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Bring Back the Natives
The Tennessee/Cumberland River Basin is one of the most diverse aquatic places in the world, according to the World Wildlife Fund. The Tennessee Aquarium Research Institute (TNARI) conserves and restores species with primary focus on native aquatic organisms. Through research, partnerships and conservation programs, TNARI hopes to promote the future well being of these and other animals.

Save the Sturgeon
Lake sturgeon can reach weights of more than 300 pounds. That's eight feet of “prehistoric” fish patrolling the depths of the Tennessee River. But just because sturgeon have been around for millions of years doesn’t mean they’re plentiful. In fact, due to habitat destruction, over-fishing and water pollution these shark-like fish virtually disappeared from Tennessee’s rivers during the past century.

When the Tennessee Aquarium and its partners agreed to save the sturgeon, it became a long-term commitment, and currently the Tennessee Aquarium Research Institute (TNARI) has completed three successful years of the 25-year reintroduction program.

The restoration begins with sturgeon eggs, hatched indoors in special tanks at the TNARI facilities at the University of Georgia’s Cohutta Fisheries Center. Once these fish are 10 inches long, a size considered suitable to survive in the wild, they are tagged with an individual identification number and some are implanted with a tiny radio transmitter so their movements can be tracked.

This past year, sturgeon eggs were hatched and the fry raised by the Aquarium and the U.S. Fish and Wildlife Service. Afterward, thousands of young sturgeon were tagged and released in the French Broad River. Since 2000 more than 8,000 sturgeon have been released, but because sturgeon grow and mature slowly, it will be many years before a self-sustaining population is reestablished.

The Turtle Trust
Turtles represent an important component of aquatic ecosystems, and due to their longevity and relatively restricted home ranges, they are superb subjects for environmental studies. Turtles also provide valuable insight regarding the stability of their community and the environment.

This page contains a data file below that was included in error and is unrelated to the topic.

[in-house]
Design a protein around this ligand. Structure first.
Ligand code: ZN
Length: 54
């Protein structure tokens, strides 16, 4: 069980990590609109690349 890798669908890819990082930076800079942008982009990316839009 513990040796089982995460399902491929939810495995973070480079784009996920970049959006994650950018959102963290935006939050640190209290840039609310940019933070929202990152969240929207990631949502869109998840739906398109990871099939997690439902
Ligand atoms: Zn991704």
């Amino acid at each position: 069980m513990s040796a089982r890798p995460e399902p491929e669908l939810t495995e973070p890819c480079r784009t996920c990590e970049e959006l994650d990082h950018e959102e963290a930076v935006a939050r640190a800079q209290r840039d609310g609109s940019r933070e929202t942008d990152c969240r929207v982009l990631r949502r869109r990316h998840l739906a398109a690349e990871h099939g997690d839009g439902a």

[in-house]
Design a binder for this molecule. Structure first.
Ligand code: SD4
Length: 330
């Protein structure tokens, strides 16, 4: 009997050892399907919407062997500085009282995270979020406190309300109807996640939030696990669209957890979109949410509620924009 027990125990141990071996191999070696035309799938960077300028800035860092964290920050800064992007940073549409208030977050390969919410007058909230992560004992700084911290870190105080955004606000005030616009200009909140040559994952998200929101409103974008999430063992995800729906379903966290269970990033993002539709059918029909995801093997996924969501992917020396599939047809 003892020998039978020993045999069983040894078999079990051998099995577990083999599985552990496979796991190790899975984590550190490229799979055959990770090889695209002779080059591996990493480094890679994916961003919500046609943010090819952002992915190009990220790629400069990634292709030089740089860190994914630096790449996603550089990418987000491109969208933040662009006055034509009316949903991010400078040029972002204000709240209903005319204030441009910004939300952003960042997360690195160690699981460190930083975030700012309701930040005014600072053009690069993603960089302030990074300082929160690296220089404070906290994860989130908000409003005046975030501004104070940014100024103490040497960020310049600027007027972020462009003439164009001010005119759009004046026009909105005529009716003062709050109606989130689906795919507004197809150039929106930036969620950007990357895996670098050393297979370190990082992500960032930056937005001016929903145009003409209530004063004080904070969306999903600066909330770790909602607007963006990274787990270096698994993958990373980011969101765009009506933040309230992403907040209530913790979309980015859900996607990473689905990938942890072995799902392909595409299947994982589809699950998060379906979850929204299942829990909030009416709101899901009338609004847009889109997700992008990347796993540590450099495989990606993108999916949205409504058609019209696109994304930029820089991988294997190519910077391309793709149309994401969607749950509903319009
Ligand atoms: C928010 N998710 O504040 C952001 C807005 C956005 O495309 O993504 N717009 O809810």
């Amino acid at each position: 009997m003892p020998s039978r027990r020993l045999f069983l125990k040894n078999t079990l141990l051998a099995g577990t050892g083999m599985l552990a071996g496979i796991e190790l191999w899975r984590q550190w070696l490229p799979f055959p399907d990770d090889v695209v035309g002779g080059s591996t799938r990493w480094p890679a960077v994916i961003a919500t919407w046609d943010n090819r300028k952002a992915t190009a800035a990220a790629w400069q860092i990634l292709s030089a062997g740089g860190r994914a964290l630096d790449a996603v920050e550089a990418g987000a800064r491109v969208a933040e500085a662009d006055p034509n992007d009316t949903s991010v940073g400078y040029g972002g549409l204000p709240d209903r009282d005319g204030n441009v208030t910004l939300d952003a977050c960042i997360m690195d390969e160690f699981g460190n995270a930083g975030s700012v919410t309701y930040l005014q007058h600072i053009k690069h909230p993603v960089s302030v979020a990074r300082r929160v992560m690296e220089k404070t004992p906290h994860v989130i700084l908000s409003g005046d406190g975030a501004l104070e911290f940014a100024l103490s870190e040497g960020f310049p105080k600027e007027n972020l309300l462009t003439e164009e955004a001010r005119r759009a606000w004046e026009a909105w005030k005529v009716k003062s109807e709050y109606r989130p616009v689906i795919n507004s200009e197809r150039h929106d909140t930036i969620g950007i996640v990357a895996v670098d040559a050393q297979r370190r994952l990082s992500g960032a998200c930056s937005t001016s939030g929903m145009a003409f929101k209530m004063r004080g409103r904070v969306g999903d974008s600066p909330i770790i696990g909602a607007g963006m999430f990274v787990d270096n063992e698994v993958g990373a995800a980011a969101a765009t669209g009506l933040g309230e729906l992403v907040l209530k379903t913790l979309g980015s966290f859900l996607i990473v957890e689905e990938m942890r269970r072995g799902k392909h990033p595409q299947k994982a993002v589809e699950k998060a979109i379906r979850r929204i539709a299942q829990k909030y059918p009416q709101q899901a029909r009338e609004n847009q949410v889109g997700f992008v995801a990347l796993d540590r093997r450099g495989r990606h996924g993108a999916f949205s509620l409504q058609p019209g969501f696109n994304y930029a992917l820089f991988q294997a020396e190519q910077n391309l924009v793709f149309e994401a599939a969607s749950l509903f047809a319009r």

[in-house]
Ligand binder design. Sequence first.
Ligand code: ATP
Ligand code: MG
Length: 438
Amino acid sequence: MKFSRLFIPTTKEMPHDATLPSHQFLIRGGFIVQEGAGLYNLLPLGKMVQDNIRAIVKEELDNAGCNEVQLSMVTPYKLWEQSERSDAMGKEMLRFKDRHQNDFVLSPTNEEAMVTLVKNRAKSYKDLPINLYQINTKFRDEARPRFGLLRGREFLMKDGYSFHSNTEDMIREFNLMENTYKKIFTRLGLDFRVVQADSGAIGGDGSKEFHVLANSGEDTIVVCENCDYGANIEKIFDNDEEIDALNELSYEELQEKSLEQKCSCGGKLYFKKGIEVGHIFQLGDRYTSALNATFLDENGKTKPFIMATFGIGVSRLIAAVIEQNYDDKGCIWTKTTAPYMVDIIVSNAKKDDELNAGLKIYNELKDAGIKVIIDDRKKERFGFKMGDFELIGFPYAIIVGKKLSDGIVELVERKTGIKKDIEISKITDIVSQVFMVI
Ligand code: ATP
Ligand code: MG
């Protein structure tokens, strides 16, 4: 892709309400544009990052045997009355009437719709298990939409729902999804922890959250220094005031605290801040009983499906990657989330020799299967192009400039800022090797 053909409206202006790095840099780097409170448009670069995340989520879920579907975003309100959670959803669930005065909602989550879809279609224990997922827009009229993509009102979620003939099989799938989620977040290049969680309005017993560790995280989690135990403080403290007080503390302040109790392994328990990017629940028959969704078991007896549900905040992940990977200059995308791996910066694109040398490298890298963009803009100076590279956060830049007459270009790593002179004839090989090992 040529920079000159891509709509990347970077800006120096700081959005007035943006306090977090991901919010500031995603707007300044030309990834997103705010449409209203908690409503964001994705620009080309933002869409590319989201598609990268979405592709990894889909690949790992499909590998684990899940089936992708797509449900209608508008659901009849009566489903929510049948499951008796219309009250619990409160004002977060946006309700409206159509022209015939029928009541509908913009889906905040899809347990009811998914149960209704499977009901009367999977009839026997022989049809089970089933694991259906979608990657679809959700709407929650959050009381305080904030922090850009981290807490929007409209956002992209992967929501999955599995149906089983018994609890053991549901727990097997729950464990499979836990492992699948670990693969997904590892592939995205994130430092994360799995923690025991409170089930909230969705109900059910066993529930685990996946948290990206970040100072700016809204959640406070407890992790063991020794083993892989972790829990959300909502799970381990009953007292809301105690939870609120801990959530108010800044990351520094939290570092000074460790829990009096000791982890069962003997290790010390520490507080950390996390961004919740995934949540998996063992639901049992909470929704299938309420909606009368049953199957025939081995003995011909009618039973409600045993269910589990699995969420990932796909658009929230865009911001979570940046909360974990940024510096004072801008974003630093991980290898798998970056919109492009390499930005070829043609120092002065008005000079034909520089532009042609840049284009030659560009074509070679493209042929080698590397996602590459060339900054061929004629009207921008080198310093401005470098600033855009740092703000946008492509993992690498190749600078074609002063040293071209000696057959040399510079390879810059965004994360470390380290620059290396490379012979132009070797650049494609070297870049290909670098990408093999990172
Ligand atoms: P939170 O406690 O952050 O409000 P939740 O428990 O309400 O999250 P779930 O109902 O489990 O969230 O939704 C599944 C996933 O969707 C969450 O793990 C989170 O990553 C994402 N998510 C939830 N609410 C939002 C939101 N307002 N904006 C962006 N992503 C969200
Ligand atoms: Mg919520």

For three years the Aquarium, in connection with the Tennessee River Gorge Trust, has studied turtles in the Gorge. The project’s goal is to develop a better understanding of the turtle species living in this unique stretch of the Tennessee River and to monitor turtle populations to ensure their future well being.

In 2002 TNARI received a generous grant from the University of Tennessee at Chattanooga Lupton Renaissance Gift Fund. The gift will fund a new scientist to join the TNARI staff and help develop TNARI’s long-term turtle conservation and research program addressing regional, national and international needs. The herpetologist will continue the River Gorge turtle survey for another four years as well as join the UTC staff as their herpetologist

The Mighty Mollusks
We are in the midst of “the second largest extinction event on the planet,” and most people don’t even know it, says TNARI Research Scientist Paul Johnson. The victims? Snails, mussels and other aquatic animals that inhabit streams and rivers. And the problem is occurring right under our noses.

The Southeast has the largest diversity of freshwater snails in the world. But that status is quickly changing. The effects are most visible in the Coosa River Basin, where 41 out of the 72 documented freshwater mollusk extinctions in North America have occurred.

Snails are one of the building blocks of the food pyramid in a water system. But in addition to serving as food for fish and other animals, snails also benefit the environment by eating algae and debris on the river bottom. Thus the loss of snails from rivers and streams can be disastrous for aquatic ecosystems.

To stem the tide of extinction in southeastern rivers and streams, TNARI continues its efforts to survey and monitor mollusks within the region and to propagate mussels and snails in captivity for reintroduction into the wild.

TNARI scientists have successfully bred in captivity the Georgia rocksnail, the plicate rocksnail and the spiny riversnail - snails selected for propagation because habitat destruction has resulted in the loss of these species from over 85 percent of their historical range.

In 2002 TNARI researchers produced 11,864 snails in captivity. More than 2,700 spiny riversnails were released into the Tennessee River in 2002.

TNARI continued the release of finelined pocketbook mussels, animals that have nearly disappeared in the wild. In all, research scientists have produced nine mussel species, amounting to more than 11,800 mussels since 2000.

Discovery Hall
Discovery Hall is like a glass-bottom boat journey through the most fascinating aquatic vistas of the Southeast and features some of the most beautiful and bizarre creatures.

Visitors explore an underwater world where vibrantly colored sunfish float like jewels, or peek into a swamp nursery where baby alligators bask. From the strange spatula-shaped snout of the paddlefish to the huge claws of the painted river prawn, Discovery Hall gives guests an up-close look at the animals’ remarkable adaptations.

One of the most popular features of the gallery is the lake sturgeon touch station-an area where guests can actually have a hands-on encounter with the fish that once ruled the rivers of Tennessee. The sturgeon touch station is the only one in North America.

The interactive touch station also features video that explains how the well being of these and other native animals depends on the stewardship of their human neighbors. Guests also learn about the Aquarium’s efforts to reintroduce these animals to rivers in the region.

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